solemn religious ceremony in the Cathedral.
An immense crowd of knights, and men-at-
arms, and citizens assembled. High mass
was celebrated, a TeDeum sung, and a sermon
Afterwards, they all gathered in a solemn
procession, each one bearing a lighted taper,
and the monks and priests at their head.
They slowly moved around the delivered
city, and prayers were said and praises sung
in all the places where the English had
formerly established their works.
Antiphony.'-Our enemies are gathered
together, and boast themselves in their
strength. Lord, bring to nought their
strength, and scatter them; for there is
none other that fighteth for us, but only
Thou, 0 God.
1 Antiphony,-that is, alternate singing : first, one set
of voices, then another.


"Abase their pride, and lower their pre-
"Drive them hither and thither, and
carry them utterly away.
Lord, hear our prayer.
"And let our cry come unto Thee.
Let us pray.
0 God, the Author of Peace, who with-
out bow and arrow can expel the enemies
of those who hope in Thee, come to our
help; be favourable to us in our adversity;
and inasmuch as Thou hast delivered Thy
people by the hand of a woman, so, for
Charles our king, lift up the arm of victory,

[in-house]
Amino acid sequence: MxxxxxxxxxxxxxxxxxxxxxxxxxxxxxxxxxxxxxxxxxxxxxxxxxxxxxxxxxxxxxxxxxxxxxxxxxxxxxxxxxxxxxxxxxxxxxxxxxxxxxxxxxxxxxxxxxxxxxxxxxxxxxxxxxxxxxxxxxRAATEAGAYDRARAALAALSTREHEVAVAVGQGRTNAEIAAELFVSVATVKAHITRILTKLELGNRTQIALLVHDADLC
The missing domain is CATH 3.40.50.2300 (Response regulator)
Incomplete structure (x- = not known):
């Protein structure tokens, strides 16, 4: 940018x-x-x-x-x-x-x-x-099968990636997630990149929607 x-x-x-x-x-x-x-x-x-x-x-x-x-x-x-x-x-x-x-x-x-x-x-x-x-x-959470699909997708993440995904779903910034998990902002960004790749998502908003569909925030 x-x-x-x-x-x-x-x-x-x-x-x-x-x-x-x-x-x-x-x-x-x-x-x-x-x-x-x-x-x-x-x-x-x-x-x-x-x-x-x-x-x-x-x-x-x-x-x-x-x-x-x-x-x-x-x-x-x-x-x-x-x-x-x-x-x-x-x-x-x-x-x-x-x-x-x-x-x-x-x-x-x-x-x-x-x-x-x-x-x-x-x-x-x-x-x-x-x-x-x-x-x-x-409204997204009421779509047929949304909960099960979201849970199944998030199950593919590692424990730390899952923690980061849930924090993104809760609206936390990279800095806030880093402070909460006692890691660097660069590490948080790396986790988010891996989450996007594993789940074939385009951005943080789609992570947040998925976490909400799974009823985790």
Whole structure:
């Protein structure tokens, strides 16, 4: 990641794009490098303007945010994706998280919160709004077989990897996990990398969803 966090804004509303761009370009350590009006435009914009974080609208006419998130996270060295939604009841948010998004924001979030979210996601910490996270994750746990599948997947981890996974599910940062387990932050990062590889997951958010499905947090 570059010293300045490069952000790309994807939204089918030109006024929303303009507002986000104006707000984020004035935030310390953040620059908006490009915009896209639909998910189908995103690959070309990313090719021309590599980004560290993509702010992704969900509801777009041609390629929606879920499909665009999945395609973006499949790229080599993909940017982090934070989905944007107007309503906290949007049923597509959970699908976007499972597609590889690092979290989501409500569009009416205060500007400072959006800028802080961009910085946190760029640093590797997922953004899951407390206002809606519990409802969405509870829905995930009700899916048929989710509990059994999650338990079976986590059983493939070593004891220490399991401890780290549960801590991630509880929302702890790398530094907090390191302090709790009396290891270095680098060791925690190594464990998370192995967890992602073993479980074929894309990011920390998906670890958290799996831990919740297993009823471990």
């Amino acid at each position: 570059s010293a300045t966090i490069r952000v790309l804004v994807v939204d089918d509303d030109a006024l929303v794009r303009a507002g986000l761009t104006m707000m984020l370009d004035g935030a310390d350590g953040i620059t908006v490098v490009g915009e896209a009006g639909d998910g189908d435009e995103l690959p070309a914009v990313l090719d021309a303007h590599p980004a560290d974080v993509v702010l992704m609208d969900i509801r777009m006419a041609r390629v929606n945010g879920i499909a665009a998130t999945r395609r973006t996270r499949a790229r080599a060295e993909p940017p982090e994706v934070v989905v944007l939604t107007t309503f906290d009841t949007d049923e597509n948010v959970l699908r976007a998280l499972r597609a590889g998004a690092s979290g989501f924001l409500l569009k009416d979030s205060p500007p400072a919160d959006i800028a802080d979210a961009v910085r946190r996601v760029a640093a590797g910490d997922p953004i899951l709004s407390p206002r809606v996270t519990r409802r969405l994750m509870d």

that the foe, who trust in the multitude of
their archers, and glorify themselves in their
spearmen, may presently be overcome; and
to Thee, who art the way, the truth, and
the life, all the people shall give praise, for
our Lord Jesus Christ's sake. Amen."
And to this day the anniversary of the
deliverance of Orleans is solemnly observed
by its citizens.



The morn was fair
When Rheims re-echoed to the busy hum
Of multitudes, for high solemnity
Assembled. To the holy fabric moves
The long procession, through the streets bestrewn
With flowers and laurel boughs .
"By the king
The delegated Damsel pass'd along
Clad in her battered arms. She bore on high
Her hallow'd banner to the sacred pile,
And fix'd it on the altar, whilst her hand
Pour'd on the monarch's head the mystic oil .
"The mission'd Maid
Then placed on Charles's brow the crown of France,
And back retiring, gazed upon the king
One moment, quickly scanning all the past,
Till in a tumult of wild wonderment
She wept aloud."--SOUTHEY, Joan of Arc B. x.

IIE glad tidings of the relief of
Orleans was conveyed to Charles
on the 10th of May, and he im-
mediately announced the all-important fact


in a public proclamation. More than
ever," it said, "ought we to thank our
Creator, who, of His Divine clemency, has
not left us in forgetfulness; and we cannot